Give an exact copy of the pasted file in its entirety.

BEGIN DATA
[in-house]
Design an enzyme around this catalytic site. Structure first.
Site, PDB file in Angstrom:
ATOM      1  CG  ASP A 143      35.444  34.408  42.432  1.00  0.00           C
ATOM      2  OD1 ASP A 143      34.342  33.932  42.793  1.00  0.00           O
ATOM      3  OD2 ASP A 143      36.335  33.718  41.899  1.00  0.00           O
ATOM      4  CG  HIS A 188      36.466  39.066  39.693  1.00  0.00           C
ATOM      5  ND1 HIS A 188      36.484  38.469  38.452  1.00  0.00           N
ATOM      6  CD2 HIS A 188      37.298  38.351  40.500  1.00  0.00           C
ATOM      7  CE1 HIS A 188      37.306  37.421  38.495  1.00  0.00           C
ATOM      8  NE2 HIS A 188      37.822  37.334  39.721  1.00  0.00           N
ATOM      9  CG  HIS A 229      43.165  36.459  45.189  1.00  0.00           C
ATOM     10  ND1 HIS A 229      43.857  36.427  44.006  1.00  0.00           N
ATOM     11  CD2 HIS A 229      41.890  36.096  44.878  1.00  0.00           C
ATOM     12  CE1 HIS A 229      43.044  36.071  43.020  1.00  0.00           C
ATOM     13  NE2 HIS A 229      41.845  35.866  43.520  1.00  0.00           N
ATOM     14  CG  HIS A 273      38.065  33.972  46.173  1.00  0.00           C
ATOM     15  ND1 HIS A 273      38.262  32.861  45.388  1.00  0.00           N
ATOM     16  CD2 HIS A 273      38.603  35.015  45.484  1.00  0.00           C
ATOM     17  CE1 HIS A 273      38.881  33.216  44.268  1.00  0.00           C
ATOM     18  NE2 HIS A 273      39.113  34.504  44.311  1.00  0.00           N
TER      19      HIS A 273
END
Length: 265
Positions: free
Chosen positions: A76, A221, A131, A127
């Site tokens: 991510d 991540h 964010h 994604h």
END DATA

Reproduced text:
[in-house]
Design an enzyme around this catalytic site. Structure first.
Site, PDB file in Angstrom:
ATOM      1  CG  ASP A 143      35.444  34.408  42.432  1.00  0.00           C
ATOM      2  OD1 ASP A 143      34.342  33.932  42.793  1.00  0.00           O
ATOM      3  OD2 ASP A 143      36.335  33.718  41.899  1.00  0.00           O
ATOM      4  CG  HIS A 188      36.466  39.066  39.693  1.00  0.00           C
ATOM      5  ND1 HIS A 188      36.484  38.469  38.452  1.00  0.00           N
ATOM      6  CD2 HIS A 188      37.298  38.351  40.500  1.00  0.00           C
ATOM      7  CE1 HIS A 188      37.306  37.421  38.495  1.00  0.00           C
ATOM      8  NE2 HIS A 188      37.822  37.334  39.721  1.00  0.00           N
ATOM      9  CG  HIS A 229      43.165  36.459  45.189  1.00  0.00           C
ATOM     10  ND1 HIS A 229      43.857  36.427  44.006  1.00  0.00           N
ATOM     11  CD2 HIS A 229      41.890  36.096  44.878  1.00  0.00           C
ATOM     12  CE1 HIS A 229      43.044  36.071  43.020  1.00  0.00           C
ATOM     13  NE2 HIS A 229      41.845  35.866  43.520  1.00  0.00           N
ATOM     14  CG  HIS A 273      38.065  33.972  46.173  1.00  0.00           C
ATOM     15  ND1 HIS A 273      38.262  32.861  45.388  1.00  0.00           N
ATOM     16  CD2 HIS A 273      38.603  35.015  45.484  1.00  0.00           C
ATOM     17  CE1 HIS A 273      38.881  33.216  44.268  1.00  0.00           C
ATOM     18  NE2 HIS A 273      39.113  34.504  44.311  1.00  0.00           N
TER      19      HIS A 273
END
Length: 265
Positions: free
Chosen positions: A76, A221, A131, A127
């Site tokens: 991510d 991540h 964010h 994604h």